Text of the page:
Saturday, November 28, 2015

Cycling Sabah 2015 - Day 4: Cycling In The Sea

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Cycling Sabah 2015 - Day 4: Cycling In The Sea
Pulau Banggi & Pulau Maliangin : 14th November 2015
Cycling Distance : It was cycling in the sea, so not tracked
Time : Not relevant.
Time Taken :  Not relevant.
Level: Not relevant.

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The previous day after two days of cycling we had reached the Tip of Borneo. It was a ride that was worth our blood, sweat and tears as the Tip was an awesome place. We spent the night at Tampat Do Aman and today we were ready to try something different, today we are going to go cycling in the sea.
Cycling in the sea? Can that be done? .... well read on to find out!

7:00am - Three Avanza vans arranged by Anslem came by to pick us up at the Tampat Do Aman  to send us to Kudat where we will take a ferry over to Pulau Banggi. Most of our bikes and luggage were put into one van; I rode shot-gun in that van, don't want our precious bikes to go missing, yah?

The drive took us just about forty minutes, en route we dropped by at Omar's place. Omar and his friends of the Banggi Youth Club have made arrangements for our stay in Pulau Banggi.
We arrived at the Kudat Jetty early. With time to spare we had a good breakfast at Rainbow Herbs located in a food court near the jetty. They served pretty awesome tomyams which had us drinking the soup until our bowls were dry (see Rainbow Herbs blog). Finished with breakfast, we were ready and eager to board the ferry and head for Pulau Banggi....

... and so were our bikes... only three of us brought our bikes, the others did not as we will be cycling in the sea too.

As the ferry approached the island, seeing the beautiful island with light green patches on dark green; our eagerness turned to anxiousness of getting on the island and witnessing life there.

10:30am - We arrived at the island, I was surprised to learn that Pulau Banggi is the largest island in Malaysia, bigger even than Penang Island and Langkawi. The main town on the island is Karakit, along the seaside here many houses sits on stilts.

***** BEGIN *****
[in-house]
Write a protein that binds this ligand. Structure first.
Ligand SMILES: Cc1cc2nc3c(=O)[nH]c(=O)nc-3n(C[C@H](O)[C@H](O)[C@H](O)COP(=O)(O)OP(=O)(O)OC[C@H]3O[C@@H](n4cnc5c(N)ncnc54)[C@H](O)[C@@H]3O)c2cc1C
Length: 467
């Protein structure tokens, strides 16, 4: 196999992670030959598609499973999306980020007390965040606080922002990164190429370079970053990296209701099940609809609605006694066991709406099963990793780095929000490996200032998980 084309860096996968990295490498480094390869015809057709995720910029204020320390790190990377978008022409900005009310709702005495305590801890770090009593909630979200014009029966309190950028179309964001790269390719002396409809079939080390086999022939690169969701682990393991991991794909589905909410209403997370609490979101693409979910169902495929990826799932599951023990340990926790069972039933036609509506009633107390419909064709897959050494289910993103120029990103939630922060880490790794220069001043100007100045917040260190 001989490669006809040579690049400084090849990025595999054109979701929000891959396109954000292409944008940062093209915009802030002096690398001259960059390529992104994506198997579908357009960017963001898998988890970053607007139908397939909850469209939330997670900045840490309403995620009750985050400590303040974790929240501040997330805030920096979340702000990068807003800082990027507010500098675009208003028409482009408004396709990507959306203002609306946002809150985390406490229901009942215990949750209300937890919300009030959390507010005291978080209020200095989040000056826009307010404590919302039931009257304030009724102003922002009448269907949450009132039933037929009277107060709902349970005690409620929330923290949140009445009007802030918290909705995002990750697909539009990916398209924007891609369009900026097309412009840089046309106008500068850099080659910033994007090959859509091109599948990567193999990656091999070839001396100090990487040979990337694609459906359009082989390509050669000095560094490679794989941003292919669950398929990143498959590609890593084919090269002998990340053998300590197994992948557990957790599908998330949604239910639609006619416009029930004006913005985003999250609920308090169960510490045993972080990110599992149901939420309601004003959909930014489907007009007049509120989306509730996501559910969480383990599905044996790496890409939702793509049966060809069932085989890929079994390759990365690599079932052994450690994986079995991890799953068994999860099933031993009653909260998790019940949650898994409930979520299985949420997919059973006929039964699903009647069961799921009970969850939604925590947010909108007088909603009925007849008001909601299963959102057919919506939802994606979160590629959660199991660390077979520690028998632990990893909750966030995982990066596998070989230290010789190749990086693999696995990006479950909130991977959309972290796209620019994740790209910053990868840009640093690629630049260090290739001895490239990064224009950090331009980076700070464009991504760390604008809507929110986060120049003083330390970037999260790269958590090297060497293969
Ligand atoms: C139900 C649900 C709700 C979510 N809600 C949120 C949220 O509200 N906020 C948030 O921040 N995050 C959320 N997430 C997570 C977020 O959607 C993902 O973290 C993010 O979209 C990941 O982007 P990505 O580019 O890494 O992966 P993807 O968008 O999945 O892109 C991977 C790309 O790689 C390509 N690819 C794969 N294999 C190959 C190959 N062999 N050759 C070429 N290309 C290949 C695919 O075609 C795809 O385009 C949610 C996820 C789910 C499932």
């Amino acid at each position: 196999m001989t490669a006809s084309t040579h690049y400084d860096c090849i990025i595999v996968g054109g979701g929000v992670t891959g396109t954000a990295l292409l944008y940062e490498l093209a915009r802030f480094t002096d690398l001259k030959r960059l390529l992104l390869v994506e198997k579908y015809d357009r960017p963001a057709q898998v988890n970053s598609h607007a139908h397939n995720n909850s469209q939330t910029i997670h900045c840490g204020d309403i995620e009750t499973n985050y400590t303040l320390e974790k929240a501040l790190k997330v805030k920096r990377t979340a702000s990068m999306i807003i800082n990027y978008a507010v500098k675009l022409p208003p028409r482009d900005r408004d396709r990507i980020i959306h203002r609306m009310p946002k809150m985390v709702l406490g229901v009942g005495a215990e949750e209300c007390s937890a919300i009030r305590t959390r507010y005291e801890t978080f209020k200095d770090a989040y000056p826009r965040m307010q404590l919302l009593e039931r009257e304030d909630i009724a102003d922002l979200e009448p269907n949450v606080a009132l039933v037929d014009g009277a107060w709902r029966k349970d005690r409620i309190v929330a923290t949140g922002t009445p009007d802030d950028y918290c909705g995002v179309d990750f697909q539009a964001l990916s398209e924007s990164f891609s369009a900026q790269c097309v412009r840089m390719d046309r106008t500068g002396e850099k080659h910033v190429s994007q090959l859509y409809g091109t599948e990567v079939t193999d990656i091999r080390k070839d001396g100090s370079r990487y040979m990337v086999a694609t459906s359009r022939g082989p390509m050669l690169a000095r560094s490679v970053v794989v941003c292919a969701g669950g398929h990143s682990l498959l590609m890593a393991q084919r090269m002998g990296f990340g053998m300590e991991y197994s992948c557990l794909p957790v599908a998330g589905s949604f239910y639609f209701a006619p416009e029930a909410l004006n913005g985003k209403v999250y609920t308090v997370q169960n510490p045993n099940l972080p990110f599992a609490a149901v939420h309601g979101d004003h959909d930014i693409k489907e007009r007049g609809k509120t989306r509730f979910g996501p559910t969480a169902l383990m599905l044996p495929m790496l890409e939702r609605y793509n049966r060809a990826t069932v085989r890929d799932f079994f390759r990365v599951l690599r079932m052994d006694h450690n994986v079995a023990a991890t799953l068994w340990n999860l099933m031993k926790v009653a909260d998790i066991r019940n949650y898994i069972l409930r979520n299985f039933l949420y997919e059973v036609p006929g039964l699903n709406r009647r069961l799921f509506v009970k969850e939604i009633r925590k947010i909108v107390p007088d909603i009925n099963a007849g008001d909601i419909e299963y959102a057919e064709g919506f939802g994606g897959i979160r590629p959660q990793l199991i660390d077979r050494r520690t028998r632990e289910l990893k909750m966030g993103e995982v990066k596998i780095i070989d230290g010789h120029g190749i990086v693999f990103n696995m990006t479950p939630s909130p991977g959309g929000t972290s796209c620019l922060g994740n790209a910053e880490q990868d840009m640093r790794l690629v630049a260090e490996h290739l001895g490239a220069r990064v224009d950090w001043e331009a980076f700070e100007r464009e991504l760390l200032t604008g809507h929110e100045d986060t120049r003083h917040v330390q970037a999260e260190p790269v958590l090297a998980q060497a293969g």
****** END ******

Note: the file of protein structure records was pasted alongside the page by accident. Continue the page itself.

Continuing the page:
Our accommodations while here were suppose to be some chalets like this, sitting over the water. It is rumoured that sea crocodiles will come below these houses at night to look for food. 

Unfortunately there was a mixed up in our accommodations and the chalets on stilts were fully occupied. We ended up staying at some rooms at the old rest house area, so there will be no crocodile adventure stories to tell.
This big blue plastic tank would be one of our favourite spots during our stay here. It stores rainwater piped in from the eaves gutters. See, the old rest house was a bit under maintained and the en-suite toilets had no lights nor water, so we congregated here for some communal bathing and carried pails of water to our dry toilets.
Oh yah.... we even had a room pet - a large green gecko that seems to be resident in our en-suite toilet. There I was one morning sitting on the throne staring at the gecko while it stared back at me; I just tried to do my business as calmly as possible.

Another of our favourite place, these two row of single-storey timber shop-houses which Baki affectionately call the Mid-Valley of Pulau Banggi. Quite an appropriate term actually as this is the place where islanders can come get most of their shopping done.

After we had "checked-in" at the rest-house we re-grouped at the Banggi Environmental Awareness Centre (BEAC) housed in a pastel blue building. The BEAC is an effort by the Banggi Youth Club (BYC) to instil awareness of coral care to the locals and visitors. It is a program that is backed by the World Wildlife Fund. They also do planting and re-planting of areas where the coral reefs had been damaged. Part of the payment of for our stay on the island goes towards their coral re-planting fund.